SPICE | Ansible Getting Started Guide - UMCST/SPICE-user-info GitHub Wiki


Ansible is an IT automation tool that leverages the readability of YAML to make writing automation tasks straightforward. The SPICE project uses Ansible to automate repetitive tasks across the various hosts, most notably with the SPICE-autopatching playbook.

Beginning Resources:

  1. Playbooks, lists of tasks to run on remote machines, are written in YAML language. Begin with reading YAML Syntax - Ansible Documentation. For comprehensive information on playbooks, view Intro to playbooks - Ansible Documentation.
  2. Look at existing playbooks: view the SPICE-autopatching playbook on the SPICE github, including the surface-level main.yml and through the roles/ directory.

Directory structure

A playbook can just be a .yml file that details all of the hosts, variables, and tasks inside, but a cleaner and more common approach is with a directory structure, with separate locations for variables files and roles, which are separate groups of tasks that can be played on different hosts.

Ansible Directory Structure

Figure 1. Common Ansible Directory Structure

Creating a playbook

Begin with a main.yml file. This is the entry point to the playbook. The main.yml needs some things to be defined before tasks can be ran:

  1. hosts: Give the playbook a list of hosts to run with or give it a group of hosts outlined in an inventory.ini or inventory.yml, depending on which format you use. View How to build your inventory - Ansible Documentation to see formatting for this file.
  2. remote_user: When running tasks on remote machines, a user for Ansible to use will need to be specified. Hosts across the SPICE platforms have the user deployer reserved for Ansible activities, and passwords and ssh keys for using this user may be found on the current Ansible control host, tarragon. Ansible by default assumes an ssh key will be used to gain access to a remote user, so set this up from the user running the playbook to the deployer user on a host before running the playbook there.
  3. vars_files: Here, use a YAML list to list out the variables files being used, and their locations. Ex. ./vars/variables_file1.yml.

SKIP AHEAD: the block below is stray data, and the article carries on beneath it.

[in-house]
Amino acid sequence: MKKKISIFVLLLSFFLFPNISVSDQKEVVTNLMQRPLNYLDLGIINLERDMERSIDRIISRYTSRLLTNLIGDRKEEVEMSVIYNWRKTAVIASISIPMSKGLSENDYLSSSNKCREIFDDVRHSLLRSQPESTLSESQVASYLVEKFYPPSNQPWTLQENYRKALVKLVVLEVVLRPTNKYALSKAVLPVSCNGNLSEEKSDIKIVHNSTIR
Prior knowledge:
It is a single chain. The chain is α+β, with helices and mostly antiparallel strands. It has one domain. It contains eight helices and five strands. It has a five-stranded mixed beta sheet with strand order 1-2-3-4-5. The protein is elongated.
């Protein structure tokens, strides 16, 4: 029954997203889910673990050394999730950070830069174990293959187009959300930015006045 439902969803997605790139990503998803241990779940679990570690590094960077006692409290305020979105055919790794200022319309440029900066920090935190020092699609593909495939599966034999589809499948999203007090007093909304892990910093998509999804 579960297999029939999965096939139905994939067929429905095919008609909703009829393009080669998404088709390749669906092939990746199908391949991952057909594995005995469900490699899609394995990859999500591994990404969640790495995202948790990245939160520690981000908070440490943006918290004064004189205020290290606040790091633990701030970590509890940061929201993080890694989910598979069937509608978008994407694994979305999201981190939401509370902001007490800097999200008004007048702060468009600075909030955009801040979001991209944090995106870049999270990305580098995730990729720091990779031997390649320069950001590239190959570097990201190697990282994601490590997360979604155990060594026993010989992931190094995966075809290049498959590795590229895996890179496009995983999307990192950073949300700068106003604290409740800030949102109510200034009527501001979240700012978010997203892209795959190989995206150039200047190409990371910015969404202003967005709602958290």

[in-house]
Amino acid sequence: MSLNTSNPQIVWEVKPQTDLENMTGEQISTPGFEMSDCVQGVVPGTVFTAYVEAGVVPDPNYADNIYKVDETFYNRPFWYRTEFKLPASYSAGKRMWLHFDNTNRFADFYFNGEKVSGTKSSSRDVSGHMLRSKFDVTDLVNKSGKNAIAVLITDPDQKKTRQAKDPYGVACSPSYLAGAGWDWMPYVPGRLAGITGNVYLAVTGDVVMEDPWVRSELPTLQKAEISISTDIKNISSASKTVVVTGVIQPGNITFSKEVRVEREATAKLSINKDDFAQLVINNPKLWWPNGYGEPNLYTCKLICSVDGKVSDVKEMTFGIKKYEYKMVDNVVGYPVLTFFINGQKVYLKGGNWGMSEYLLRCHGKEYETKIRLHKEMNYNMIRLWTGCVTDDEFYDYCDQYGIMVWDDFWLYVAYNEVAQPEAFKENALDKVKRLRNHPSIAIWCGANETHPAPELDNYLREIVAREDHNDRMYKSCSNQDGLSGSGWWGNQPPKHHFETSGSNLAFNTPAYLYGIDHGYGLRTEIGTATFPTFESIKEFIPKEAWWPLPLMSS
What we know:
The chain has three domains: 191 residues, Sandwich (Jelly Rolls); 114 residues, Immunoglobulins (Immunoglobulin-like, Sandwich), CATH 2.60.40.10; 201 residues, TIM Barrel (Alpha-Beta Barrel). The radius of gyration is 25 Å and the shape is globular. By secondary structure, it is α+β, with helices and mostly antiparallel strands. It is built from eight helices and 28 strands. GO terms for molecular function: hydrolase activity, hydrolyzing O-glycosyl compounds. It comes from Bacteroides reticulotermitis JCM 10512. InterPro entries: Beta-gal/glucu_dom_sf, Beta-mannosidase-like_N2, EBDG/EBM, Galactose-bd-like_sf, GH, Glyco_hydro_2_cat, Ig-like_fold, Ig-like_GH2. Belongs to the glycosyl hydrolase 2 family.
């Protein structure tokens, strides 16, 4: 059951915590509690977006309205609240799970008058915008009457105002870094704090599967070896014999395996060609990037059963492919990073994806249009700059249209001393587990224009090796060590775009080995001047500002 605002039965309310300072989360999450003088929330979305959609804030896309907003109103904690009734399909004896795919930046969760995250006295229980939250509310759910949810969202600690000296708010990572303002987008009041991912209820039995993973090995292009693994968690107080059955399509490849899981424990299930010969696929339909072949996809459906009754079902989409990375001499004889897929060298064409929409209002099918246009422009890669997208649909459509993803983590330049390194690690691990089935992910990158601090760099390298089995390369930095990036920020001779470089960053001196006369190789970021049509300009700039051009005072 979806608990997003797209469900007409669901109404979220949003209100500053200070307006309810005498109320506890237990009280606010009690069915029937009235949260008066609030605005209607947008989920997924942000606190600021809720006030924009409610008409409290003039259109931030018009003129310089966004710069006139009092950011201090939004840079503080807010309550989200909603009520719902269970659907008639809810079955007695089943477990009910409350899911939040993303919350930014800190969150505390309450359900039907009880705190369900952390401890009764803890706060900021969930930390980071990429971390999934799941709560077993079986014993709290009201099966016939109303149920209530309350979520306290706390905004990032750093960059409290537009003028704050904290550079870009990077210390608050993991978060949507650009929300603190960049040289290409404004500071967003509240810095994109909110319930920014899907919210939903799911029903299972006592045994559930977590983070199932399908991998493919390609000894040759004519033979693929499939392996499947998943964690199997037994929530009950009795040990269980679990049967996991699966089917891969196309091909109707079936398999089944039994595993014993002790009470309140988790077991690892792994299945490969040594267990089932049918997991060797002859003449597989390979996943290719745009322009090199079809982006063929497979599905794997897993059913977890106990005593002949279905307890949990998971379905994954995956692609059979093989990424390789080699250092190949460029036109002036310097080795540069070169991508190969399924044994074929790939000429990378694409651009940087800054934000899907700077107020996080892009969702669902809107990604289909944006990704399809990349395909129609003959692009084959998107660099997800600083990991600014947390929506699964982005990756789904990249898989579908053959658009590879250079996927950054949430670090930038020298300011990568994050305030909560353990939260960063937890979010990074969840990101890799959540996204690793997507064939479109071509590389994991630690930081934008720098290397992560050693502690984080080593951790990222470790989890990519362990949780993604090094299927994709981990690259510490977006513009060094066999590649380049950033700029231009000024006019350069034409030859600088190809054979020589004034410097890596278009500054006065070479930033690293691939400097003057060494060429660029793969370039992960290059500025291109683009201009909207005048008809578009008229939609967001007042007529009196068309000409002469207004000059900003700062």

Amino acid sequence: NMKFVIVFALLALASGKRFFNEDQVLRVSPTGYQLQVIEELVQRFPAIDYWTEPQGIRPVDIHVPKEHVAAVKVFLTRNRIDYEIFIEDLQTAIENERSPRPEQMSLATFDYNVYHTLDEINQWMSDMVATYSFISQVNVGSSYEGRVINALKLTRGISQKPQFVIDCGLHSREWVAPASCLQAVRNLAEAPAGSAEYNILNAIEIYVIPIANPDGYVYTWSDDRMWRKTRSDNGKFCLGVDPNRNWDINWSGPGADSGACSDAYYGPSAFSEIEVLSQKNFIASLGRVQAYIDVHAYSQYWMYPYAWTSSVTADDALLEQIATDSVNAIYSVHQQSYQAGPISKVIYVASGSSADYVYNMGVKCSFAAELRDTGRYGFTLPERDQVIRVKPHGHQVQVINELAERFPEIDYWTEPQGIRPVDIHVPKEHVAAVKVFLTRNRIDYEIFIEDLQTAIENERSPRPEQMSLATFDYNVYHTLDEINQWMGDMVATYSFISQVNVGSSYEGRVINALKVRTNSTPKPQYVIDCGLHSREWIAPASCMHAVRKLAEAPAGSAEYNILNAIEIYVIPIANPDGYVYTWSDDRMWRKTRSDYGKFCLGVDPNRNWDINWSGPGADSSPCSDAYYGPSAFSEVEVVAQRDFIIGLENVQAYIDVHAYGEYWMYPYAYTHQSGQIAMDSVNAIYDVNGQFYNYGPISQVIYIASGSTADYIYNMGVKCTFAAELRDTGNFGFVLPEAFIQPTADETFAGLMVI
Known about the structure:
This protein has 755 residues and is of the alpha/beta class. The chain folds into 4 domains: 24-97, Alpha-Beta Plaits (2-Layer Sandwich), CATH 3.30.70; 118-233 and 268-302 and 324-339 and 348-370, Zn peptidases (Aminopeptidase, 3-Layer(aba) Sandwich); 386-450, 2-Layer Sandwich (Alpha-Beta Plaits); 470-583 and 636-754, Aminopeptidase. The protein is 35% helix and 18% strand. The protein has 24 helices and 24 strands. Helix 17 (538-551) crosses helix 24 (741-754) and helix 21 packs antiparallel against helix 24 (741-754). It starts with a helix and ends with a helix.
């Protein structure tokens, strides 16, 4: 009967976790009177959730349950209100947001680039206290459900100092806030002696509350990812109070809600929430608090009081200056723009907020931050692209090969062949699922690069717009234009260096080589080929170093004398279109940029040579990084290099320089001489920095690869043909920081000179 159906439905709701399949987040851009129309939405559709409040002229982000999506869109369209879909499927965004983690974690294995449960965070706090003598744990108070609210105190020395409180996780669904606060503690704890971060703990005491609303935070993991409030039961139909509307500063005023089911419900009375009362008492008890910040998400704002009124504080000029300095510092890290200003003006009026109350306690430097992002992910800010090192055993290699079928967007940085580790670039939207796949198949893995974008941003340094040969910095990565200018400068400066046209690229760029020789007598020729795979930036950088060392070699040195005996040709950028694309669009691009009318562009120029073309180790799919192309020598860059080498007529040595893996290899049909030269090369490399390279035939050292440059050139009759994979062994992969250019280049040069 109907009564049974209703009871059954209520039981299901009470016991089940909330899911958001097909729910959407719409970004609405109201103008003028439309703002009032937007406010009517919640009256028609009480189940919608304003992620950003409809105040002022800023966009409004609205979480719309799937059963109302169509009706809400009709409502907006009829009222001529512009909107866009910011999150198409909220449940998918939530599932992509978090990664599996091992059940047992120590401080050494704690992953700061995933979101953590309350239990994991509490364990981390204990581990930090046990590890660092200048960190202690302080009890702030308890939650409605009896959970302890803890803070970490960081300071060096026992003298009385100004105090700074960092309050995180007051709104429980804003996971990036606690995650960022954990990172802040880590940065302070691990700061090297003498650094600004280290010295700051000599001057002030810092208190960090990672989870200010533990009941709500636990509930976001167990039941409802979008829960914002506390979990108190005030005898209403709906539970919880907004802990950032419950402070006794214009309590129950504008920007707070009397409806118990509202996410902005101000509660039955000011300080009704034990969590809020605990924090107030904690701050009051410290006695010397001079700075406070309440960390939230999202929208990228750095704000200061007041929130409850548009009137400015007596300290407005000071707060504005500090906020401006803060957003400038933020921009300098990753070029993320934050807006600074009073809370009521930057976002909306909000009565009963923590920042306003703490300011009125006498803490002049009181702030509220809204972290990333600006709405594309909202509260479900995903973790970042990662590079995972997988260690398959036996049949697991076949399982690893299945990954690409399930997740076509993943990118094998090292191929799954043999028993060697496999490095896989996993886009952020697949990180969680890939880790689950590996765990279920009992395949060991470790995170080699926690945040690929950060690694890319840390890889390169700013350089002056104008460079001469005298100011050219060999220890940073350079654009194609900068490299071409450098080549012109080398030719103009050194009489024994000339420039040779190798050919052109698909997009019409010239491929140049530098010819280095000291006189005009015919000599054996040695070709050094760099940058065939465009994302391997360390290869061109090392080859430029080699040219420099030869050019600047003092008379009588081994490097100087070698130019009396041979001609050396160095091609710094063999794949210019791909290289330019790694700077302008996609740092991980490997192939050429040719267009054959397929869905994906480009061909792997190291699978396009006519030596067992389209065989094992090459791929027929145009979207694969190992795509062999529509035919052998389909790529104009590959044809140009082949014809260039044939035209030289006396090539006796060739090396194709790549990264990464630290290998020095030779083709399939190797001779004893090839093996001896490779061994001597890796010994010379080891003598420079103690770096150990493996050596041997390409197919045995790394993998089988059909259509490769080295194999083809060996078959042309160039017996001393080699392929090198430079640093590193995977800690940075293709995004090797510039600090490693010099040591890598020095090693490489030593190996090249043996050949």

4. roles: Use a YAML list to list out the roles to be run on the aforementioned hosts. Separately, if roles are not being used, use tasks: to start listing out the tasks to be run.

Common tasks

  • shell: or command: — used to execute a remote command on the host. Capture the command’s output using the register directive, detailed below. Use command: for simple, single commands and use shell: to use features like piping or redirection. Before using these modules, see if there are other modules Ansible provides to accomplish your specific task.
  • debug: — used to print debug info or otherwise information the user should see to Ansible’s output. Supply var: to print the contents of a variable, and supply msg: and a string to print a message.
    • To include a variable in a string, surround the name of the variable with two curly brackets in the middle of the string.
    • Ex. “Value of the variable: {{ test_variable }}”
  • set_fact: — Used to create / set a variable mid-play, to be used in later tasks. Supply the name of the variable and a value.
  • service: — Used to manage services, similar to how one would manage services with the linux systemctl command. Supply a name: and a state:.

Task directives

Control the occurrences and results of tasks with task directives, listed under Ansible’s Directives Glossary. Common task directives include:

  • become: — used to enable privilege escalation, for when a command would regularly be run with sudo privileges. Set to yes to achieve this.
  • register: — used when the output of an Ansible task needs to be captured as a variable. Supply a name for the register, and optionally, try examining the register with debug: to find where the information you are interested in is.
  • when: — controls when a task happens when supplied with a condition. The task executes when the condition evaluates to true, and is skipped when it isn’t. Variables in a conditional do not have to be enclosed in curly braces ( { } ) except when in a string.
  • until: — repeats a task until the condition is true.
  • with_items: used to repeat a task with a list of items. Supply a list of items to be acted on, and in the task reference the item to be acted on with {{ item }}.

Use with Docker

Ansible has many modules to interact with docker images and containers. These can be found listed at Community.Docker - Ansible Documentation. Some useful modules to use for managing docker include docker_image, docker_container, and docker_image_info.

⚠️ **GitHub.com Fallback** ⚠️